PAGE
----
• Implementing a system for work safety stoppages due to lightning, heat, chemicals, pesticides or other factors for all Qualifying Workers present where the potential danger exists. Calling a work stoppage shall be at the discretion of the Participating Grower, but the reasonableness with which the Participating Grower exercises this discretion shall be subject to the Audit and Complaint Processes.
  1. Participating Growers will provide a safe and healthy working environment for their Qualifying Workers and, working with the Coalition of Immokalee Workers (CIW), develop and implement a Worker Health and Safety process through which Qualifying Workers are able to offer the Participating Grower their input and perspective on health and safety issues in a regular and structured manner.
  2. Participating Growers will develop and implement plans and procedures to insure the adequate and timely treatment of workers in the event of injury or sickness that might occur anywhere on a Participating Grower’s property.
  3. Participating Growers will develop and implement plans and procedures to insure that Qualifying Workers have sufficient breaks during the day, including adequate time for lunch, without unreasonably compromising the ability to earn wages.
  4. Participating Growers will provide opportunity for advancement, including the ability for Qualifying Workers to move from fields to other types of employment with the Participating Grower, including management positions, and will regularly communicate these opportunities to Qualifying Workers.
  5. If housing is provided by a Participating Grower, it must be voluntary and comply with the law, and the cost for such housing to the Qualifying Worker cannot reduce the Qualifying Worker’s net wages below the minimum wage or be increased other than to reflect increases in the cost or quality of the housing.
  6. Participating Growers will verify and provide transparency to their practices, including the pass through of the appropriate FFP Premium payments, by permitting and fully cooperating with third party monitoring by the FFSC.
  7. Each Participating Grower will inform Qualifying Workers of their right to use the complaint resolution process operated by the FFSC, and may also establish a complaint resolution process of its own that is acceptable to the FFSC. Participating Growers will not attempt to impede in any way the investigation of a complaint by the FFSC on behalf of a Qualifying Worker, and will not engage in or permit retribution or retaliation of any kind against a Qualifying Worker for seeking to file or having filed a complaint.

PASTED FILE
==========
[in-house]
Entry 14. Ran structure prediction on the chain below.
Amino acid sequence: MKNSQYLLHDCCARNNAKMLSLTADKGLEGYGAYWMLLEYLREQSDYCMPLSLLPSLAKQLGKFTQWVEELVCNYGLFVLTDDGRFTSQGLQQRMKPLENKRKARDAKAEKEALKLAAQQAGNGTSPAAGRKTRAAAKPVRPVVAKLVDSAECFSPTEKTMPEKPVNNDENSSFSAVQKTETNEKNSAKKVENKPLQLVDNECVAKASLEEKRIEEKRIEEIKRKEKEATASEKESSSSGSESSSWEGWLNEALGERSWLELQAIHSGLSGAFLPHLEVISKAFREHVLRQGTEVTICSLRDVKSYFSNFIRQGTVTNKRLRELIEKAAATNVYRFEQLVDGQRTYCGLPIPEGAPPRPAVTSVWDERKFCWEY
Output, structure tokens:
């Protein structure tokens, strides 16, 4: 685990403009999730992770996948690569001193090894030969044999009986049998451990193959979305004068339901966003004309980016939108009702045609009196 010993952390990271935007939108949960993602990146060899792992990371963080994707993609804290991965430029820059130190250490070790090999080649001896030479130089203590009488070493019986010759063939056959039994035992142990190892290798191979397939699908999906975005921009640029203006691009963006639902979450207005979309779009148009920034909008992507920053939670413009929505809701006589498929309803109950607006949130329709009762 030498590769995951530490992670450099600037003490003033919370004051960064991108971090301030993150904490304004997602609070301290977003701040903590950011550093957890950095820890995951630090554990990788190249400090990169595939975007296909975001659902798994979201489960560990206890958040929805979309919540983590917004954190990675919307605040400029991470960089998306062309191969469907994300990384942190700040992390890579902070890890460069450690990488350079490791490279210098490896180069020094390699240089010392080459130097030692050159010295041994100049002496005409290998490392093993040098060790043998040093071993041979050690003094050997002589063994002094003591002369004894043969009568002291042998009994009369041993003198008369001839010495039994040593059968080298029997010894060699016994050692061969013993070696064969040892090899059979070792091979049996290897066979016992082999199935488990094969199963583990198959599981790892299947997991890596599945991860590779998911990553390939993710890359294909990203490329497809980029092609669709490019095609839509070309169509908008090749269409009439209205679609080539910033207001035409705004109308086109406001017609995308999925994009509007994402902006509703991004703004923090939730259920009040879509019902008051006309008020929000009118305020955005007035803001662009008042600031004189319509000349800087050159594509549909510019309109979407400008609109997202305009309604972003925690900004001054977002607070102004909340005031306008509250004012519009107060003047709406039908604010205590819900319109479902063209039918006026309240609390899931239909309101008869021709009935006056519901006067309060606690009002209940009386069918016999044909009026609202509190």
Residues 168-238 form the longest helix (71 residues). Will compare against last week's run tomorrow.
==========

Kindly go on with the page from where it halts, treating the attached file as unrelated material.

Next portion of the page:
8. Participating Growers will implement a system acceptable to the CIW for informing and educating their Qualifying Workers, on the Participating Grower’s premises and on company time, of the Qualifying Workers’ rights under all applicable laws, codes and regulations, including this Code.

Part II:  Violations

A. Types of Violations

Violations shall be divided into three categories – “Article I Violations,” “Article II Violations” and “Article III Violations.” Article I Violations result in automatic suspension of a Participating Grower from the FFP for the designated time period. Article II Violations require specified remedial action by the Participating Grower to avoid suspension from the FFP for the designated time period and/or may result in probation for the Participating Grower.   Article III violations do not trigger specified remedial action, but the Corrective Action Plan approved to address Article III violations may include one or more of the remedies associated with Article II violations. Pursuant to the procedures in Appendices B and E, failure to comply with an approved Corrective Action Plan or Complaint Resolution for any category of violation will result in suspension of a Participating Grower from the FFP for the designated time period. A finding of a violation, whether contained in a Corrective Action Plan or a Complaint Resolution, may be appealed pursuant to the procedures set forth in Appendix F.